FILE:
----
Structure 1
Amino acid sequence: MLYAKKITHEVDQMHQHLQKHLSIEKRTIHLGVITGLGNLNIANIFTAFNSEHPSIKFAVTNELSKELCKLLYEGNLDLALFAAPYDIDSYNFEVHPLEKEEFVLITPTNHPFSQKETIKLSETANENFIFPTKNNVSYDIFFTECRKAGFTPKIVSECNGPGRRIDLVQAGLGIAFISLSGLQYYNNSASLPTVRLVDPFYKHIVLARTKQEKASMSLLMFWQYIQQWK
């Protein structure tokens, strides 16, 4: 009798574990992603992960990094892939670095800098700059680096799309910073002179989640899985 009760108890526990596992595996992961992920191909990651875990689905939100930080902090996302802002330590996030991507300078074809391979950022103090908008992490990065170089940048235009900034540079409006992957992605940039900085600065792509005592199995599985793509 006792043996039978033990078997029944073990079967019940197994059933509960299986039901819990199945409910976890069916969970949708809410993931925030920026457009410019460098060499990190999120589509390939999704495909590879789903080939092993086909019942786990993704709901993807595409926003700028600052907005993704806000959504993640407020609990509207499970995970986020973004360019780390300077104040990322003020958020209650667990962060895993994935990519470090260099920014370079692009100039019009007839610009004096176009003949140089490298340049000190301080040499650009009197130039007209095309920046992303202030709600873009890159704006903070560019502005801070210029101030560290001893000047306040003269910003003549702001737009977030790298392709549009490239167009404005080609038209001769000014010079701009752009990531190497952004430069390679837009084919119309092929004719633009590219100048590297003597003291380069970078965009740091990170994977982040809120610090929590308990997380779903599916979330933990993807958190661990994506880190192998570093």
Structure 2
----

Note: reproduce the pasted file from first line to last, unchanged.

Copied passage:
Structure 1
Amino acid sequence: MLYAKKITHEVDQMHQHLQKHLSIEKRTIHLGVITGLGNLNIANIFTAFNSEHPSIKFAVTNELSKELCKLLYEGNLDLALFAAPYDIDSYNFEVHPLEKEEFVLITPTNHPFSQKETIKLSETANENFIFPTKNNVSYDIFFTECRKAGFTPKIVSECNGPGRRIDLVQAGLGIAFISLSGLQYYNNSASLPTVRLVDPFYKHIVLARTKQEKASMSLLMFWQYIQQWK
């Protein structure tokens, strides 16, 4: 009798574990992603992960990094892939670095800098700059680096799309910073002179989640899985 009760108890526990596992595996992961992920191909990651875990689905939100930080902090996302802002330590996030991507300078074809391979950022103090908008992490990065170089940048235009900034540079409006992957992605940039900085600065792509005592199995599985793509 006792043996039978033990078997029944073990079967019940197994059933509960299986039901819990199945409910976890069916969970949708809410993931925030920026457009410019460098060499990190999120589509390939999704495909590879789903080939092993086909019942786990993704709901993807595409926003700028600052907005993704806000959504993640407020609990509207499970995970986020973004360019780390300077104040990322003020958020209650667990962060895993994935990519470090260099920014370079692009100039019009007839610009004096176009003949140089490298340049000190301080040499650009009197130039007209095309920046992303202030709600873009890159704006903070560019502005801070210029101030560290001893000047306040003269910003003549702001737009977030790298392709549009490239167009404005080609038209001769000014010079701009752009990531190497952004430069390679837009084919119309092929004719633009590219100048590297003597003291380069970078965009740091990170994977982040809120610090929590308990997380779903599916979330933990993807958190661990994506880190192998570093």
Structure 2